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Ontario Tech acknowledges the lands and people of the Mississaugas of Scugog Island First Nation.

We are thankful to be welcome on these lands in friendship. The lands we are situated on are covered by the Williams Treaties and are the traditional territory of the Mississaugas, a branch of the greater Anishinaabeg Nation, including Algonquin, Ojibway, Odawa and Pottawatomi. These lands remain home to many Indigenous nations and peoples.

We acknowledge this land out of respect for the Indigenous nations who have cared for Turtle Island, also called North America, from before the arrival of settler peoples until this day. Most importantly, we acknowledge that the history of these lands has been tainted by poor treatment and a lack of friendship with the First Nations who call them home.

This history is something we are all affected by because we are all treaty people in Canada. We all have a shared history to reflect on, and each of us is affected by this history in different ways. Our past defines our present, but if we move forward as friends and allies, then it does not have to define our future.

Learn more about Indigenous Education and Cultural Services

Patrice Dutil, PH.D.

Patrice DutilPatrice Dutil is Professor (and former chair) in the Department of Politics and Public Administration at Ryerson University. Before joining the department in 2006, he was the Acting Executive Director and Director of Research at the Institute of Public Administration of Canada. He started his career in the Ministry of Intergovernmental Affairs in the Government of Ontario in 1987 as a policy advisor, and then joined TVOntario, the provincial educational broadcaster, where he worked both on corporate policy and in programming in a senior capacity. He joined the Institute of Public Administration of Canada as Director of Research in 1999.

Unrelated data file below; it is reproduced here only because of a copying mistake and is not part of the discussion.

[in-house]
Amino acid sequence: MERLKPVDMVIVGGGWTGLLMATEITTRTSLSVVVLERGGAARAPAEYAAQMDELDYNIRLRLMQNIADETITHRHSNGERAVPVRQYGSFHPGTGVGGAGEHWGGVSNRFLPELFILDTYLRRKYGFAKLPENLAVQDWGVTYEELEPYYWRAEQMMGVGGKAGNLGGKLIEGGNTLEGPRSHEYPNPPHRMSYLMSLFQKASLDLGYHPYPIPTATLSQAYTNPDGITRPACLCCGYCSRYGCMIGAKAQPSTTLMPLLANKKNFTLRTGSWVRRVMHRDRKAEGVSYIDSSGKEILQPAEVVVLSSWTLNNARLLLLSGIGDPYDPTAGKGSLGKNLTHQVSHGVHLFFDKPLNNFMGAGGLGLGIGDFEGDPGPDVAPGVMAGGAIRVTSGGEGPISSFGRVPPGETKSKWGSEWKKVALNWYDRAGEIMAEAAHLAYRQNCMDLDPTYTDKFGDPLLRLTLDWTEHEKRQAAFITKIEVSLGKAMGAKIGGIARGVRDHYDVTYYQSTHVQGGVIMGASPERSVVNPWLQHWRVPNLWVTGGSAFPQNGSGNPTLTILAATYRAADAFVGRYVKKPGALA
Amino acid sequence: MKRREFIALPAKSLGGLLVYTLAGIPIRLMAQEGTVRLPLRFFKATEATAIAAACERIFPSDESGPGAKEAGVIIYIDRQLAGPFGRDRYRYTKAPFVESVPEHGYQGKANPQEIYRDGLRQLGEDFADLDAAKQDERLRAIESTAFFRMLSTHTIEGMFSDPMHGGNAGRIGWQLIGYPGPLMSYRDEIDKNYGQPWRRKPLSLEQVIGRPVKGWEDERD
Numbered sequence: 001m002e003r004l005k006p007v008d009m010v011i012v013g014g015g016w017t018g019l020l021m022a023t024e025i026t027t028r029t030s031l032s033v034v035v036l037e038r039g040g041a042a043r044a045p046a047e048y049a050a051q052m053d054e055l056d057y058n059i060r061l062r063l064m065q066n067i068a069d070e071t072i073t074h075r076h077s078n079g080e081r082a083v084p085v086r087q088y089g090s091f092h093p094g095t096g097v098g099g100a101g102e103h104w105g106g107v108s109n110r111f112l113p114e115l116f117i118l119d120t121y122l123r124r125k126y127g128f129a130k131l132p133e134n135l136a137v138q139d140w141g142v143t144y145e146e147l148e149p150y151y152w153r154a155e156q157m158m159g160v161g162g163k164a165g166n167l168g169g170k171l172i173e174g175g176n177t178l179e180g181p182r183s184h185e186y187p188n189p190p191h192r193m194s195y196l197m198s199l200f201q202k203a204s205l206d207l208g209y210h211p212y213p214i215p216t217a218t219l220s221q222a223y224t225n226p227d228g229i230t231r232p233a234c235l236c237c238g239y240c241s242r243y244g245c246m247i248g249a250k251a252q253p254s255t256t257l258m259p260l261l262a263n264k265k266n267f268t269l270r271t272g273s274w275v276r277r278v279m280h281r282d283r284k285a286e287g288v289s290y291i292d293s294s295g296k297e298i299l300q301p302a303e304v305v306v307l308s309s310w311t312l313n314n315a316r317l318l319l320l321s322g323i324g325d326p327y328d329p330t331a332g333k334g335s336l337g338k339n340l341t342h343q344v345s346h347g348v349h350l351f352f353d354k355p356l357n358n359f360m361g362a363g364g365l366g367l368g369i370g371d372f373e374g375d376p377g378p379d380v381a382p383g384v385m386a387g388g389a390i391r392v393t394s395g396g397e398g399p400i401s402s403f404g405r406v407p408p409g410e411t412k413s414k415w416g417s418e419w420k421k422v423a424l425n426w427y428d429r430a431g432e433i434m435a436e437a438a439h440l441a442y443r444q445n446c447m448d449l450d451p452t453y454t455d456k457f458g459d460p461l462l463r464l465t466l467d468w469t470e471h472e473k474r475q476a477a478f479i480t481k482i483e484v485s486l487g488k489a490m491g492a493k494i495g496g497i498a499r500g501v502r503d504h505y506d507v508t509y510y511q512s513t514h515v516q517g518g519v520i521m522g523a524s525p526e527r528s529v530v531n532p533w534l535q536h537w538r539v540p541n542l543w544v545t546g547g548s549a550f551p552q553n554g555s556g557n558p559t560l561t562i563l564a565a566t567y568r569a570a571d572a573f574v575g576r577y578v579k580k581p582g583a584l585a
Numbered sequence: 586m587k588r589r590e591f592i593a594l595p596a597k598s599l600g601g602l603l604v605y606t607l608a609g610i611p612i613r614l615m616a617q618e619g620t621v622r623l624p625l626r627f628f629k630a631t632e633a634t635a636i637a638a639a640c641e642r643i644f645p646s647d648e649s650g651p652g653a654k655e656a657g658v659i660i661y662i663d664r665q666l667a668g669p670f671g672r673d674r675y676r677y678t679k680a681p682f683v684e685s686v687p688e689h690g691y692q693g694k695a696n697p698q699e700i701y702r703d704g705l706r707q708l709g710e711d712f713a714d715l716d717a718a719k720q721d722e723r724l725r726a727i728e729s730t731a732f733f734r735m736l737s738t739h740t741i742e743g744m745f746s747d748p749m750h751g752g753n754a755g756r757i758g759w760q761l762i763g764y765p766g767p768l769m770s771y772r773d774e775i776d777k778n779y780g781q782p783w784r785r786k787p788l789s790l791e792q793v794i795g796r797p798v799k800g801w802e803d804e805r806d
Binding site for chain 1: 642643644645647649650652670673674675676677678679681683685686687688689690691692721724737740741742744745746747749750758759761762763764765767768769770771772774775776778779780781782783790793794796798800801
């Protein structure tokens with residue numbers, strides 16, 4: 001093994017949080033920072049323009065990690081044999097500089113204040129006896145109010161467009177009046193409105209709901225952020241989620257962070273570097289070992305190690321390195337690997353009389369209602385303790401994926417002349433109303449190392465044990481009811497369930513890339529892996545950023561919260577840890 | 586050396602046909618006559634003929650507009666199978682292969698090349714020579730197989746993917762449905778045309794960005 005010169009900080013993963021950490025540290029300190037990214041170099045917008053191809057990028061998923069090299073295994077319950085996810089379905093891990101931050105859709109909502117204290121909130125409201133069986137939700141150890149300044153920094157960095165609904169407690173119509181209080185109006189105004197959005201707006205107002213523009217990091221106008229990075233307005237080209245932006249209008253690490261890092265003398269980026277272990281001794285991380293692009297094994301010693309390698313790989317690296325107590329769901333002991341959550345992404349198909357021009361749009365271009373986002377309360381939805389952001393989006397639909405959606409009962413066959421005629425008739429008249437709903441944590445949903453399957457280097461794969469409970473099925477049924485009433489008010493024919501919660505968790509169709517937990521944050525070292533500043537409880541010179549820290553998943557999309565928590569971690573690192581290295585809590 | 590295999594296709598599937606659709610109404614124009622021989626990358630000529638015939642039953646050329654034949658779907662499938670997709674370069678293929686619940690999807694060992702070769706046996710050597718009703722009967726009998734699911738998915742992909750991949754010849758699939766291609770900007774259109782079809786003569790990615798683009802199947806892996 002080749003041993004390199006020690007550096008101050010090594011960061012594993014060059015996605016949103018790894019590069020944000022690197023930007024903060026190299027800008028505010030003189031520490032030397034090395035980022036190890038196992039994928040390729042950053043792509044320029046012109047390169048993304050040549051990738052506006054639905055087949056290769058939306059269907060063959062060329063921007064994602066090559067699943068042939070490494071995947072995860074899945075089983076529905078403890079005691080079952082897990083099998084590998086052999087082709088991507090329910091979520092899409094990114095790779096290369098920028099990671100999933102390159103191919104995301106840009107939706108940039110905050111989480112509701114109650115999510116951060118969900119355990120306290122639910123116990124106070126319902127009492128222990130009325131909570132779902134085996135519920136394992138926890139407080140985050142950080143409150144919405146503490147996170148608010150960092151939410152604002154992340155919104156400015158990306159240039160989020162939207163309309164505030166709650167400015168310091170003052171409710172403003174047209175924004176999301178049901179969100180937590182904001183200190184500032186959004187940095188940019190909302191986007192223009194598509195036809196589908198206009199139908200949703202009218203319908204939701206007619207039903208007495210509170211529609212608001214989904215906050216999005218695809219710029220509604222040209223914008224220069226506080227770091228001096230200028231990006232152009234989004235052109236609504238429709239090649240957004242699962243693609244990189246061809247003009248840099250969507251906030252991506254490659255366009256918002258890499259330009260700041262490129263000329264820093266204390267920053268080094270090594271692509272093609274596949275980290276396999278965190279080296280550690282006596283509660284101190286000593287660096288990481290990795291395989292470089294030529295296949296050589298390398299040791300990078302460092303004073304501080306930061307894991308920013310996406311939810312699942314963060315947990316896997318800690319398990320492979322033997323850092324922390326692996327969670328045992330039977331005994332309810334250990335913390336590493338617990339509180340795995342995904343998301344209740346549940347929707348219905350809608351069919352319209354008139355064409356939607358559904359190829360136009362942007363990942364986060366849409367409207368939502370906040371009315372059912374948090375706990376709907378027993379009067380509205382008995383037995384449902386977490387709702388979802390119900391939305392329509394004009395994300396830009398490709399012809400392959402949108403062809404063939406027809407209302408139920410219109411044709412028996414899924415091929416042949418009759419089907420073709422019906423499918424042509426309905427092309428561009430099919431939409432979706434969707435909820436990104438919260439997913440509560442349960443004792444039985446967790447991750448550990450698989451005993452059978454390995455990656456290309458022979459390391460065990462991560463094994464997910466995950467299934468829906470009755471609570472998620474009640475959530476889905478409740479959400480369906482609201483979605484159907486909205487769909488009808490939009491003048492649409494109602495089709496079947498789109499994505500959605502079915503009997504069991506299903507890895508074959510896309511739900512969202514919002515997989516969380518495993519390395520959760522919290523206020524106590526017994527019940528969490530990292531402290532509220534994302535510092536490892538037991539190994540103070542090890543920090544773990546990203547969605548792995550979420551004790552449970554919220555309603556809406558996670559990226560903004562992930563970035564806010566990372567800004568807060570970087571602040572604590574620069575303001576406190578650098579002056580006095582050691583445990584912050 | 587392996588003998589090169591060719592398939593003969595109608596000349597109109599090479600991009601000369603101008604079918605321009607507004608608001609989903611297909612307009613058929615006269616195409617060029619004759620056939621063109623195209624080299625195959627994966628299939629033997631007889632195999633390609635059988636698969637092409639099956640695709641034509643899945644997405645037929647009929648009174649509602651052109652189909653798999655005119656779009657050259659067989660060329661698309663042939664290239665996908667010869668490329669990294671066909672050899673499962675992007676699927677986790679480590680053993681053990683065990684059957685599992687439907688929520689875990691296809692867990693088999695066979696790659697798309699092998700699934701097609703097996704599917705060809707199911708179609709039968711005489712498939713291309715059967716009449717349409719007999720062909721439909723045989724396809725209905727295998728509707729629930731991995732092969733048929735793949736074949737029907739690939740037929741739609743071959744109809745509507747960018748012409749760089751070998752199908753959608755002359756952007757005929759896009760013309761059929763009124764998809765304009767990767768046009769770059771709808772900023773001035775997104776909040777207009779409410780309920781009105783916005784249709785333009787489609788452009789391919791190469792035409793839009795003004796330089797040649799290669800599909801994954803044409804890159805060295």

Professor Dutil is passionate about Canadian cultural matters. In 1991, he founded and edited for five years the monthly Literary Review of Canada. It is now celebrating its 24th year in publication. He is currently President of the Champlain Society, a century-old institution that publishes each year documentary materials that describe Canada's past as it was seen by our ancestors.

His works include Searching For Leadership: Secretaries to Cabinet in Canada, The Service State: Rhetoric, Reality and Promise, and The Guardian: Perspectives on the Ministry of Finance of Ontario as well as books on diverse aspects of Canadian political history. Since 2015, he has been the editor of Canadian Government Executive magazine (www.canadiangovernmentexecutive.ca). Professor Dutil is passionate about Canadian cultural matters. In 1991, he founded and edited for five years the monthly Literary Review of Canada. It is now celebrating its 25th year in publication. He is also President of the Champlain Society, a century-old institution that publishes each year documentary materials that describe Canada's past as it was seen by our ancestors. He pursued his BA at York University, his Master's at the Université de Montreal and his Ph.D. at York University.